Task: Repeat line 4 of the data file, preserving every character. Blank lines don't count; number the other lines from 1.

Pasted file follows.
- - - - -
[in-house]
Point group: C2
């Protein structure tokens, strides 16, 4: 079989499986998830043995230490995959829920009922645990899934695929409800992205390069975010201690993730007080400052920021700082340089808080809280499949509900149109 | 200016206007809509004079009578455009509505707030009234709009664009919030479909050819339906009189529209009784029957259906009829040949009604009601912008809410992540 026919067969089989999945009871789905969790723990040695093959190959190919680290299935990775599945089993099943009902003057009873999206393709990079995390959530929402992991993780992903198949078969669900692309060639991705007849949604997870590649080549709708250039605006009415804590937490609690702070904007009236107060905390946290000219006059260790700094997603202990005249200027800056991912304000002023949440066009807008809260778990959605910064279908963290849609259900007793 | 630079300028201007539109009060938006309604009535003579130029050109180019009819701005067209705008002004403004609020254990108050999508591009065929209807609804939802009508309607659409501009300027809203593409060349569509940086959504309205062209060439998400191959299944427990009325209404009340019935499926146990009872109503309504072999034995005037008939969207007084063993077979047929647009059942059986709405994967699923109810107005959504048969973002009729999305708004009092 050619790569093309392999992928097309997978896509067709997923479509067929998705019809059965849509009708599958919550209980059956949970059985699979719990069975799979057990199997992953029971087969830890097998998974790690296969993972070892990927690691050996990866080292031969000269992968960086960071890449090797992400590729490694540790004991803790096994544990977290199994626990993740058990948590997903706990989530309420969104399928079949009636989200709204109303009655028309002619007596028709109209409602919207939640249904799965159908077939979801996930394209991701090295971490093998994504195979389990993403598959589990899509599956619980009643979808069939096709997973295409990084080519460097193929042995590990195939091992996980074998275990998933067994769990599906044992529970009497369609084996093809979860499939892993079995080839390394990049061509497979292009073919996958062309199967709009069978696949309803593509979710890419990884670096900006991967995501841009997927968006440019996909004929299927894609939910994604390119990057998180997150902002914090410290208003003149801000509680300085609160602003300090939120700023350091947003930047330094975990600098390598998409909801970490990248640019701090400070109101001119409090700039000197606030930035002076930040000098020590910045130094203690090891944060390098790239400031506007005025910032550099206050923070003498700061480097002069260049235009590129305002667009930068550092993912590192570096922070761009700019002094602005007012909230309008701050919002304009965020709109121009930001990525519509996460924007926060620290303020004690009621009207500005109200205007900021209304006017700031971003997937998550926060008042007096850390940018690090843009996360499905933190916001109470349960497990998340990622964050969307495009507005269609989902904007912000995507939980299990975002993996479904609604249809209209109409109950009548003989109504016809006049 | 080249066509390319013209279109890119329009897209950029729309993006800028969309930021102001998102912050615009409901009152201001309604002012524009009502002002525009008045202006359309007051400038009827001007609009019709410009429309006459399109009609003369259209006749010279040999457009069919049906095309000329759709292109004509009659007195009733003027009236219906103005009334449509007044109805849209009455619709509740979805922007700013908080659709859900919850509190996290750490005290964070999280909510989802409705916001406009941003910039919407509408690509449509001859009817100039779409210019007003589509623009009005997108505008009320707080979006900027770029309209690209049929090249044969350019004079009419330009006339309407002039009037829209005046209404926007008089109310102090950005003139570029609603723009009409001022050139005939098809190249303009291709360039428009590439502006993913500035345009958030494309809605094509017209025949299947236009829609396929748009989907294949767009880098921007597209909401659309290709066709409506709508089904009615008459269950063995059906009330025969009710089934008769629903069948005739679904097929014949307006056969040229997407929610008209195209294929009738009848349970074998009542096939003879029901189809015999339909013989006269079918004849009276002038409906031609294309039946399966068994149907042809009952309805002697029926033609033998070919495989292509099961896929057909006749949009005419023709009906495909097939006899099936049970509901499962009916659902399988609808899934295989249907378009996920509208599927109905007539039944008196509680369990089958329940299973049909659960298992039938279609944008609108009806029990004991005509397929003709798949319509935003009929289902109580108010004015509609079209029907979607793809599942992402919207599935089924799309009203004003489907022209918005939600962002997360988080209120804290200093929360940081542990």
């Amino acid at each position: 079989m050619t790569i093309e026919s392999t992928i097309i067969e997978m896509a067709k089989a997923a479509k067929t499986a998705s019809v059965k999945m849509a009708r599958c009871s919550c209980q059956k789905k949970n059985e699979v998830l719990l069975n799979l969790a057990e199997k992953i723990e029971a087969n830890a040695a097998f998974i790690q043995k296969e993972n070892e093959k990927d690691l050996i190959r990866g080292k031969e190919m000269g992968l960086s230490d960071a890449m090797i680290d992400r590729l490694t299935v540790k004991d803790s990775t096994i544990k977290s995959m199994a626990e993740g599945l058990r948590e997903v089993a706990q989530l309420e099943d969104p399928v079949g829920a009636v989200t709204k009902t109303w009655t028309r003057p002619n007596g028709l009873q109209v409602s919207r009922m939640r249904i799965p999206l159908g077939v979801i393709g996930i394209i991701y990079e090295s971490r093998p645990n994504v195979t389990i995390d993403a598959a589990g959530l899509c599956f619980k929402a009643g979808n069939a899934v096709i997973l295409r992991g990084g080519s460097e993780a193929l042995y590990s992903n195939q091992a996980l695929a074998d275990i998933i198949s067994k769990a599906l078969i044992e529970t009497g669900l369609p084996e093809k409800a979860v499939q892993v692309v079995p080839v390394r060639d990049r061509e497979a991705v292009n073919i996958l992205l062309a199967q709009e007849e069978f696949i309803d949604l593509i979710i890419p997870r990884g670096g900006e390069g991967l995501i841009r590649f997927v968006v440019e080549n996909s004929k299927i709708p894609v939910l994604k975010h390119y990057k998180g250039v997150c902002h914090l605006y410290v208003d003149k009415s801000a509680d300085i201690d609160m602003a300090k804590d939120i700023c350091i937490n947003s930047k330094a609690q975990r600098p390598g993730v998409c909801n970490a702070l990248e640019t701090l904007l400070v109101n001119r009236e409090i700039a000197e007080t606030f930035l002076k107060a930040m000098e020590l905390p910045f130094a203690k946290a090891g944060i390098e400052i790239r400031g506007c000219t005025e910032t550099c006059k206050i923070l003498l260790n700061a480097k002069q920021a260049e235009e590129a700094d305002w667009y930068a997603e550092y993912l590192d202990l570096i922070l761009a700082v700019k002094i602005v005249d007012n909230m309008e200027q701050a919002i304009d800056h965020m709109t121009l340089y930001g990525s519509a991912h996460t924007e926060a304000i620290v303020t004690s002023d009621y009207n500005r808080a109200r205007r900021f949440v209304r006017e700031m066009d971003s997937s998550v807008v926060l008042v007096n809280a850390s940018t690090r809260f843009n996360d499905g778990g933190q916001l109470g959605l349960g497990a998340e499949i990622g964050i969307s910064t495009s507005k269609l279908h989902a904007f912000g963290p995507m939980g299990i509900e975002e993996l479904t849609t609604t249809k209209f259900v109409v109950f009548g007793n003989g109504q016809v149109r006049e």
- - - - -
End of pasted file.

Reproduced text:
């Amino acid at each position: 079989m050619t790569i093309e026919s392999t992928i097309i067969e997978m896509a067709k089989a997923a479509k067929t499986a998705s019809v059965k999945m849509a009708r599958c009871s919550c209980q059956k789905k949970n059985e699979v998830l719990l069975n799979l969790a057990e199997k992953i723990e029971a087969n830890a040695a097998f998974i790690q043995k296969e993972n070892e093959k990927d690691l050996i190959r990866g080292k031969e190919m000269g992968l960086s230490d960071a890449m090797i680290d992400r590729l490694t299935v540790k004991d803790s990775t096994i544990k977290s995959m199994a626990e993740g599945l058990r948590e997903v089993a706990q989530l309420e099943d969104p399928v079949g829920a009636v989200t709204k009902t109303w009655t028309r003057p002619n007596g028709l009873q109209v409602s919207r009922m939640r249904i799965p999206l159908g077939v979801i393709g996930i394209i991701y990079e090295s971490r093998p645990n994504v195979t389990i995390d993403a598959a589990g959530l899509c599956f619980k929402a009643g979808n069939a899934v096709i997973l295409r992991g990084g080519s460097e993780a193929l042995y590990s992903n195939q091992a996980l695929a074998d275990i998933i198949s067994k769990a599906l078969i044992e529970t009497g669900l369609p084996e093809k409800a979860v499939q892993v692309v079995p080839v390394r060639d990049r061509e497979a991705v292009n073919i996958l992205l062309a199967q709009e007849e069978f696949i309803d949604l593509i979710i890419p997870r990884g670096g900006e390069g991967l995501i841009r590649f997927v968006v440019e080549n996909s004929k299927i709708p894609v939910l994604k975010h390119y990057k998180g250039v997150c902002h914090l605006y410290v208003d003149k009415s801000a509680d300085i201690d609160m602003a300090k804590d939120i700023c350091i937490n947003s930047k330094a609690q975990r600098p390598g993730v998409c909801n970490a702070l990248e640019t701090l904007l400070v109101n001119r009236e409090i700039a000197e007080t606030f930035l002076k107060a930040m000098e020590l905390p910045f130094a203690k946290a090891g944060i390098e400052i790239r400031g506007c000219t005025e910032t550099c006059k206050i923070l003498l260790n700061a480097k002069q920021a260049e235009e590129a700094d305002w667009y930068a997603e550092y993912l590192d202990l570096i922070l761009a700082v700019k002094i602005v005249d007012n909230m309008e200027q701050a919002i304009d800056h965020m709109t121009l340089y930001g990525s519509a991912h996460t924007e926060a304000i620290v303020t004690s002023d009621y009207n500005r808080a109200r205007r900021f949440v209304r006017e700031m066009d971003s997937s998550v807008v926060l008042v007096n809280a850390s940018t690090r809260f843009n996360d499905g778990g933190q916001l109470g959605l349960g497990a998340e499949i990622g964050i969307s910064t495009s507005k269609l279908h989902a904007f912000g963290p995507m939980g299990i509900e975002e993996l479904t849609t609604t249809k209209f259900v109409v109950f009548g007793n003989g109504q016809v149109r006049e």